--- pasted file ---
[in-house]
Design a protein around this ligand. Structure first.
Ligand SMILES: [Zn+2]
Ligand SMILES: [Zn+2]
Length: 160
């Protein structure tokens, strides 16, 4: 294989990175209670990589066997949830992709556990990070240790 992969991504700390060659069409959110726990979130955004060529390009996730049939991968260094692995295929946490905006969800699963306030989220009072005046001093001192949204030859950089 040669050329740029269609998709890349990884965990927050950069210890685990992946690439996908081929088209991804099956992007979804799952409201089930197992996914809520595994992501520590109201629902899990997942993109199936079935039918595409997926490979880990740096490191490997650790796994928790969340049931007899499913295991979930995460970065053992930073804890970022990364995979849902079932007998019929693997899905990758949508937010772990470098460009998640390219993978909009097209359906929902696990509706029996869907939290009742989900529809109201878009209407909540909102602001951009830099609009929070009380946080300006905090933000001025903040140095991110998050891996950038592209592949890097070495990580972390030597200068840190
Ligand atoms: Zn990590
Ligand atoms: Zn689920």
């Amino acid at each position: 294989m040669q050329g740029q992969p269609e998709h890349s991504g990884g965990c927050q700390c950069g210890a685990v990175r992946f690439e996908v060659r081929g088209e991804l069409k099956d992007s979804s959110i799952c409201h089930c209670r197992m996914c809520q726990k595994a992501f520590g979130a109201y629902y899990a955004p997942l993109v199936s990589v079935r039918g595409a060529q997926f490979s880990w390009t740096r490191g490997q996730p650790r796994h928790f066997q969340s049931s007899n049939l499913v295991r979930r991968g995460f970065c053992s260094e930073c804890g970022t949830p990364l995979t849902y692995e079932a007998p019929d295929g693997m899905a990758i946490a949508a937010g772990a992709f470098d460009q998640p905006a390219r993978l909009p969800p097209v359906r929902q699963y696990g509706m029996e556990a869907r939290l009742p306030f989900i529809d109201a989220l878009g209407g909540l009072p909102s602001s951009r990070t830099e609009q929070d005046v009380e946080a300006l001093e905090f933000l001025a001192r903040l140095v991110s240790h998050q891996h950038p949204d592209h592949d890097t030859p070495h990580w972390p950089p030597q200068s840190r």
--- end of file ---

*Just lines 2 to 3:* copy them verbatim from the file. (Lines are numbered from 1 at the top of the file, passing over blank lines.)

Design a protein around this ligand. Structure first.
Ligand SMILES: [Zn+2]